For instance, there can only be one leader in a relationship – and that is the man. Would God truly say to a woman, be submissive in a relationship, but take the reins at church?

    ‘The husband is the head of the wife…’ implies leadership, NOT in-equality (This is a another whole post, essentially I see that our roles, and what we do or achieve in life, do NOT make us any less or more equal; our equality lies in our identity – male and female both being human and made in the image of God. If you don’t disagree with this, the use of the word equality doesn’t make sense as a justification for women in leadership/teaching.)

    The brokenness of this world, and the imperfection of men (which is huge!) is not a good enough reason for women to try and take hold of positions of authority or teaching in the church. The moment that you strive for less than the ideal model God wants, you admit that you are striving for something less than God’s plan for humanity – is that not sin?

    I hold Women in the highest regard. I just wish they’d stop themselves getting in the way of men loving them as they (men) are called to do by God.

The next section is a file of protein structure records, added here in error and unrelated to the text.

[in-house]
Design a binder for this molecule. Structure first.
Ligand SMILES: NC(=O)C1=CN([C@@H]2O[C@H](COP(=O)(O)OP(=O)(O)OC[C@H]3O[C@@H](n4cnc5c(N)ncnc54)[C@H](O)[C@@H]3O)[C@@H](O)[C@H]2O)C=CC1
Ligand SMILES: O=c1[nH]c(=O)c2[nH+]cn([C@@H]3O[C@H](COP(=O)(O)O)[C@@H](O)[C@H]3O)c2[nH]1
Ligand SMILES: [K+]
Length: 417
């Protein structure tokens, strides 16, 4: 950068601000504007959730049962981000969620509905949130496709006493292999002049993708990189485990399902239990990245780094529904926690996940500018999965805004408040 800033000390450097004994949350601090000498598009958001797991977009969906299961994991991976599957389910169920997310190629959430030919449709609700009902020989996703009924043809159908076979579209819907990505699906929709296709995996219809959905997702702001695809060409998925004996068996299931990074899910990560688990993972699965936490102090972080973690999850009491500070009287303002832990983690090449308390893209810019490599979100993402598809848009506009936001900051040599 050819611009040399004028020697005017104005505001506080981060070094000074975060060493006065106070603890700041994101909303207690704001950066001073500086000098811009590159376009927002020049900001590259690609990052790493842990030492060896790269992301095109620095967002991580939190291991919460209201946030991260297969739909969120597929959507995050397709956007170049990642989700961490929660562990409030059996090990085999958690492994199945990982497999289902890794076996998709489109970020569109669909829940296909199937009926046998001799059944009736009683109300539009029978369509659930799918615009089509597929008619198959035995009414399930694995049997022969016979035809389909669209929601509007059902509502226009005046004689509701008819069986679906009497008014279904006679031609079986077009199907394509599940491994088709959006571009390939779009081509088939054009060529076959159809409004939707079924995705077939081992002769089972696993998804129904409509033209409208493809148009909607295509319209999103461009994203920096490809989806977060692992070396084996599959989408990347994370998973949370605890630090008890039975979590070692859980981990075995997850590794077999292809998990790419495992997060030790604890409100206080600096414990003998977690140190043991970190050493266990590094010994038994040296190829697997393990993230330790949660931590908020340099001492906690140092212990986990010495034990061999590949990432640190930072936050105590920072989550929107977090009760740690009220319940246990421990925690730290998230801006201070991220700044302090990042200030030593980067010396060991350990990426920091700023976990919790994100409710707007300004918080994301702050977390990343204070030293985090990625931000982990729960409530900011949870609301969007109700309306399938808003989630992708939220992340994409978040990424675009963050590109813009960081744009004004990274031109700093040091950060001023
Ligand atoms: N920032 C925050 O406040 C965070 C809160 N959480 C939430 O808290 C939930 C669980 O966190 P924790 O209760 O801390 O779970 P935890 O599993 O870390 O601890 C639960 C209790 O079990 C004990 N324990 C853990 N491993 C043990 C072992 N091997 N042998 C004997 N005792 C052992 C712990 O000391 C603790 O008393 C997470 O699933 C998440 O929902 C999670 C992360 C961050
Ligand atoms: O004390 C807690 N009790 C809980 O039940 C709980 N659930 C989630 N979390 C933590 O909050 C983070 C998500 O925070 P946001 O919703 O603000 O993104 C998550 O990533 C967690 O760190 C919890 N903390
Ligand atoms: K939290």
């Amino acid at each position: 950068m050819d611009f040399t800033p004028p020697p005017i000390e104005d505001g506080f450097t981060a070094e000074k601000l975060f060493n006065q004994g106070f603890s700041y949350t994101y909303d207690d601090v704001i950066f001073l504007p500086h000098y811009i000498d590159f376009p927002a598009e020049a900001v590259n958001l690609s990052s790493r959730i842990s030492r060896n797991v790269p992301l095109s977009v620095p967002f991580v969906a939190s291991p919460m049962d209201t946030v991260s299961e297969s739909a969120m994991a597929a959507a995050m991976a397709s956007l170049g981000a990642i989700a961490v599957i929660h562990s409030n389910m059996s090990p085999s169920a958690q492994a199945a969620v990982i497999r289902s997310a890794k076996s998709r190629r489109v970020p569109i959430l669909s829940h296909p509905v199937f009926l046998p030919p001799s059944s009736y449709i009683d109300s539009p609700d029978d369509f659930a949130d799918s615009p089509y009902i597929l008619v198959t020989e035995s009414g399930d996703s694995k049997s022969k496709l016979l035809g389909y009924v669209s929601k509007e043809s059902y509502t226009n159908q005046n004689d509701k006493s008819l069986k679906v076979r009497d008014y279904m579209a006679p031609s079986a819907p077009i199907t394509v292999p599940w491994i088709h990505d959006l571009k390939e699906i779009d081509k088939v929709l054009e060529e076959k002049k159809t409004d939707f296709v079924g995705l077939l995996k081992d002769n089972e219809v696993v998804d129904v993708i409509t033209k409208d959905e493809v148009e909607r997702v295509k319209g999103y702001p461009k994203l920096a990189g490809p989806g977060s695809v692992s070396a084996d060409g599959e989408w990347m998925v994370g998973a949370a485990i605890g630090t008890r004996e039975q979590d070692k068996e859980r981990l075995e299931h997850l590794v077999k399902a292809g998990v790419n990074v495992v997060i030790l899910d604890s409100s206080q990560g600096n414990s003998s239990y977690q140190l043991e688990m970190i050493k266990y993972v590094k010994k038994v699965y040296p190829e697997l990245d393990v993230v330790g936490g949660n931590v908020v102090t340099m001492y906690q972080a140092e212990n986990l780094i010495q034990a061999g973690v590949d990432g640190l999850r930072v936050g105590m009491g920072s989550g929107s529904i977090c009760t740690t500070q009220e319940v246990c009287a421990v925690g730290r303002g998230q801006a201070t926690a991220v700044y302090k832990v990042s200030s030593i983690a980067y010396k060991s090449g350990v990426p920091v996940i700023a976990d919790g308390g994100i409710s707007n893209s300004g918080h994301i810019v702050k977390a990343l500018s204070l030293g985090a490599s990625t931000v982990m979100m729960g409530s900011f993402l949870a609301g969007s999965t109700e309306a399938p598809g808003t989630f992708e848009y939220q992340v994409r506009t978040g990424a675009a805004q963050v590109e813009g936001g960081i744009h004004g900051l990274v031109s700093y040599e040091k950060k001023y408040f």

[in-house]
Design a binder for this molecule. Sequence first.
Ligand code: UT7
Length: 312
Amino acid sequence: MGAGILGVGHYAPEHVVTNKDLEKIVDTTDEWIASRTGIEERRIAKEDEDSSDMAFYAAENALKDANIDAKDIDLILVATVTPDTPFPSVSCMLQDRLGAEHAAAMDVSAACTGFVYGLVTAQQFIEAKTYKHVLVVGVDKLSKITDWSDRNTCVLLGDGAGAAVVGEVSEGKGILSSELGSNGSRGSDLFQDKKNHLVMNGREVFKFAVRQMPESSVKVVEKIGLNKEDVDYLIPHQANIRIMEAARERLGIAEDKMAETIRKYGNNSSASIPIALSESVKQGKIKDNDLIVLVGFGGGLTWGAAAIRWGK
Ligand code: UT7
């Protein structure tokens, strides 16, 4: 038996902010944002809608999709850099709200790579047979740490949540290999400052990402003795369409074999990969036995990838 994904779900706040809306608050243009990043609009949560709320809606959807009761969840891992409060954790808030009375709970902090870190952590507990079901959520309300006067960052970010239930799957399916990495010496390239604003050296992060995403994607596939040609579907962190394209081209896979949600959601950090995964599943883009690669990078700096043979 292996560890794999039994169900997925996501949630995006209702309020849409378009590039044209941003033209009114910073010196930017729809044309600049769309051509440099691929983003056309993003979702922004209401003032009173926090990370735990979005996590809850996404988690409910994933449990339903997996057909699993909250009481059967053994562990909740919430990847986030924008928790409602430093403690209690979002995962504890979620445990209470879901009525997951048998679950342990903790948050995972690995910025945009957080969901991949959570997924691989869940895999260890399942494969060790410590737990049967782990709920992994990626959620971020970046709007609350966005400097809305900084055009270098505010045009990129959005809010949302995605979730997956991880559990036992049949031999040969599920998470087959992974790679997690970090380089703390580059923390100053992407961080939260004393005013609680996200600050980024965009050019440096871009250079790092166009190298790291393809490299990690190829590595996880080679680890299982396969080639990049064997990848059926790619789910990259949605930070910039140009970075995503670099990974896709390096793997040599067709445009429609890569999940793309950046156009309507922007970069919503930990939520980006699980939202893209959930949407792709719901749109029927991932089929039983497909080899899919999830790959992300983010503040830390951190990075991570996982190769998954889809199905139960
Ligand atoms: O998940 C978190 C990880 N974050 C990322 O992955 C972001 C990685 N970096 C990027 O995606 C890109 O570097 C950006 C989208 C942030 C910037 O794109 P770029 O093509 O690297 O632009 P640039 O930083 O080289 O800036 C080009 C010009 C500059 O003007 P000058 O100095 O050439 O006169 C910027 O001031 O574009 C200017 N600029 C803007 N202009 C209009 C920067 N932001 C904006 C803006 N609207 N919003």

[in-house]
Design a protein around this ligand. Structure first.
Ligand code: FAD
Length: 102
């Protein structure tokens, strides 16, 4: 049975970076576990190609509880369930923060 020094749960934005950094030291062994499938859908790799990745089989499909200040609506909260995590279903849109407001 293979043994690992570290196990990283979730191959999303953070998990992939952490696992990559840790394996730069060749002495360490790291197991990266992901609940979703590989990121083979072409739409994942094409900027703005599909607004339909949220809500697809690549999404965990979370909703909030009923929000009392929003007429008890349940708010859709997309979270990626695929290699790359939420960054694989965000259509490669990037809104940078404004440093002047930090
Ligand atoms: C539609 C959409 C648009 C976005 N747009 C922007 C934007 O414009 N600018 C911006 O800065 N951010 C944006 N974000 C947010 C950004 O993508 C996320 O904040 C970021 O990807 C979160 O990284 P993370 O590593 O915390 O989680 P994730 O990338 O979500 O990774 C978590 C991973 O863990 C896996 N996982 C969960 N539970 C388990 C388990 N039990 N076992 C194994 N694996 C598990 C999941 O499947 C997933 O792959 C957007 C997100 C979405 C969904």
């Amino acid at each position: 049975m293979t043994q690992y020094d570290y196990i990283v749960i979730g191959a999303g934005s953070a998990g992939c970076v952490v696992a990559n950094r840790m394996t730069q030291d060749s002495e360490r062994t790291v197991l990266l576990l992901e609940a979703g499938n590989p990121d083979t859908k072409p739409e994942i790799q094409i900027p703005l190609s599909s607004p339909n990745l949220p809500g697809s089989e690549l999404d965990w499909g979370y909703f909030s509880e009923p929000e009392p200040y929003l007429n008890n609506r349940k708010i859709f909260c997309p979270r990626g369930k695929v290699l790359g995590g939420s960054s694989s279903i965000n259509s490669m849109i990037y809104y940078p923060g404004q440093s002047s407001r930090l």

‘Husbands, love your wives as Christ loved the church and gave his life for [Her]’.

    This is something that all men should strive for; perhaps if we did a better job, that infamous verse ‘Wives submit yourselves to your husbands’ wouldn’t be so hard to take.

    I’m keen to read your response, but I have to get up for work! Much love in Christ,

    God Bless you 🙂

    Kind Regards, J

  4. Thank you for this article. It is always good to be reminded how God’s word tells us that He used both men and women to accomplish His purposes. Also, I appreciate your kind but firm response to Nadia. I too hope that she finds a church that recognizes that God uses both men and women and that we all are indeed image bearers of the Most High.

    Odious and Soon-touchy seem to be very modern sounding. I googled but was unable to find the origins of these two names. Name calling is never acceptable and it is especially not acceptable for Christians to call Paul’s fellow workers whose real names are written in the book of life such rude names.